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Lord Henley: My Lords, I hope that the noble Lord, Lord Morris, can unfold his tent because he has other business beyond this, and I hope to see him for that. Perhaps I may say this in response to the noble Baroness, Lady Farrington. She seemed to be criticising another place for claiming financial privilege. That is entirely a matter for another place. It is not a matter for us to question. The fact is that it has claimed financial privilege and there is an end to it.

The noble Lord, Lord Morris complains--I believe that it was slightly unfair--that the debate after dinner in another place was somewhat unedifying. Perhaps I should remind the noble Lord of the form which the debate took on this amendment in this House at Committee stage. I seem to remember that the noble Lord got to his feet and said, "I beg to move", and that was the sum total of the debate on the amendment. If the noble Lord will remember, we earlier debated the subject of evaluation; and the Committee came to a view which was completely contrary to the view to which it came after the rather odd procedural gambits of the noble Lord at ten o'clock that night. We had the rather unedifying spectacle of the Committee of this House making a decision on the same matter with completely contrary views on the same day. Perhaps that is a matter that we should consider. It is something that this House should not try to do again. I appreciate that in moving this first amendment, the noble Lord rather sotto voce informed the Committee that

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he would be coming to other amendments later, despite the fact that they were grouped with that amendment. But the noble Lord knows perfectly well, with his hand on his heart, as I know, that the whole of that first debate was on evaluation. He knows perfectly well that the Committee came to a clear decision on evaluation. It was not a decision that he liked, and so he came back to the issue at a later stage and used devices which I think were not entirely edifying.

My honourable friends and right honourable friends in another place, as did his honourable and right honourable friends, had an edifying debate last week on this subject. They came to a clear conclusion that they did not want this amendment. That is why it has come back to us; and that is why I ask the House to agree with the views of another place.

I wish to add a word or two about evaluation. The noble Lord, Lord Tope, asked about evaluation. We have said a great deal about evaluation both in this place and in another place at all stages of the Bill. We take that evaluation seriously. It will cover a wide range of aspects of the scheme. It will become available from now and over the autumn. So far as possible all of it will be published, and inspection evidence will be available from late autumn. There will be a survey of parents and of providers. We have already mentioned those. There will be an analysis of the issue of vouchers and an analysis of the redemption of vouchers. I believe that lessons are already being learned. I do not think that it will be necessary at this stage to continue to make the points that we have made at Committee and other stages as to how thorough that evaluation will be.

We believe that it is important, as I said, that half a million four year-old children have the benefit of those vouchers, as do the children of Norfolk, Kensington and Chelsea, Westminster and Wandsworth at present. They should have the benefits of those vouchers and of the good quality nursery education with the inspection that will come with it, which will lever up standards, as soon as is reasonably practical, which is next April. That is why I now ask the House to agree with the Commons in their rejection of Amendment No. 1 for the reason given in Amendment No. 1A.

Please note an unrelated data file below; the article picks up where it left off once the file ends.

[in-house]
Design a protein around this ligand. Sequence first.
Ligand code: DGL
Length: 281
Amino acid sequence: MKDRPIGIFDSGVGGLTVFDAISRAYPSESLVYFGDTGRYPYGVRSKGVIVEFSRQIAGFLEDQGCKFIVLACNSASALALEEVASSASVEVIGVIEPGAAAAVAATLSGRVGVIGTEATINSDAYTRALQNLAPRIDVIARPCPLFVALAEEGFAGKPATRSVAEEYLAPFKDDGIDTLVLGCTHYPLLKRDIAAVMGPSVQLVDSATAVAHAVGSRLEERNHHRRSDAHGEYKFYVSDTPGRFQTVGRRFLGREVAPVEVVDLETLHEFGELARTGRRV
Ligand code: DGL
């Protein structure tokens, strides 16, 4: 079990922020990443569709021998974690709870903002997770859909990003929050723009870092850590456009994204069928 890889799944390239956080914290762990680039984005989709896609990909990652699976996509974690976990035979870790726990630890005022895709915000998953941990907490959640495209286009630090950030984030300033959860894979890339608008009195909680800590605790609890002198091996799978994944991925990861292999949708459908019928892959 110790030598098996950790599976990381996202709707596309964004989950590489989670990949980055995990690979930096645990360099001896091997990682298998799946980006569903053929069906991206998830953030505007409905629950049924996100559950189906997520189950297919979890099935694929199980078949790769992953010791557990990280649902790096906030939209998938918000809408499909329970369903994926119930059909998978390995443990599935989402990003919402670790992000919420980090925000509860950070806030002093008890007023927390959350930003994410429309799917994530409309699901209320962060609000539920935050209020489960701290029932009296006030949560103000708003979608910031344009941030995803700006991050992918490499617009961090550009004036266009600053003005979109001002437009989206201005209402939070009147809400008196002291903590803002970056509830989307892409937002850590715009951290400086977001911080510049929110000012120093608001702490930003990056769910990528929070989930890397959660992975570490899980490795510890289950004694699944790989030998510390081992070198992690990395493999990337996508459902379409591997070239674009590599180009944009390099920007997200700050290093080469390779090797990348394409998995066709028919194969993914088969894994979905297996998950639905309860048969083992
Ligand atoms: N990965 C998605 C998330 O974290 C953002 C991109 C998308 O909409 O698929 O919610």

Lord Morris of Castle Morris: My Lords, before the noble Lord sits down, so that the record may be correct perhaps I may point out that at Committee stage in your Lordships' House the first amendment in the first group was on an order, not on evaluation. The Government chose to read that group otherwise after we had given them the grouping in the middle of the previous week.

Lord Henley: My Lords, I think that the noble Lord is being somewhat disingenuous. We had a group into which all those amendments were put. It was obviously open to the noble Lord, as he will remember from the form of words that appears on the top of the groupings, to move them at a later stage if he so wished, and he exercised his right. However, if the noble Lord reads through that debate, he will find that every single argument put forward from this side and the other side was entirely on evaluation, and nothing but evaluation. That is what the Committee of the House decided at something like

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4.30 on that Monday afternoon. For some odd reason, the Committee came to a different conclusion on the same subject later on. The noble Lord knows that. I commend the Motion.

On Question, Motion agreed to.

Education (Assisted Places) (Amendment) Regulations 1996

6.9 p.m.

Lord Henley rose to move, That the draft regulations laid before the House on 20th June be approved [24th Report from the Joint Committee].

The noble Lord said: My Lords, the House will recall that we introduced the Assisted Places Scheme in 1981 for the purposes of opening up educational opportunities for able children from less well-off families. The draft regulations before the House this evening cover England and Wales. Separate arrangements were made for a corresponding scheme in Scotland. Before I explain the draft regulations, I should like to restate why the scheme exists and why it is a remarkable success.

The Government are committed to raising standards in education. The Assisted Places Scheme plays a key part in promoting excellence in academic achievement and enhancing choice and diversity. We want all parents and children to have a rich variety of good schools from which to choose, regardless of income. Through the assisted places scheme, we are making opportunities at top independent schools more widely available. In contrast, noble Lords opposite would remove these opportunities from thousands of children. Their stated intention to abolish the assisted places scheme would restrict access to thousands of children and make independent schools solely the preserve of those who can afford the fees. It would remove the ladder of opportunity from these talented children.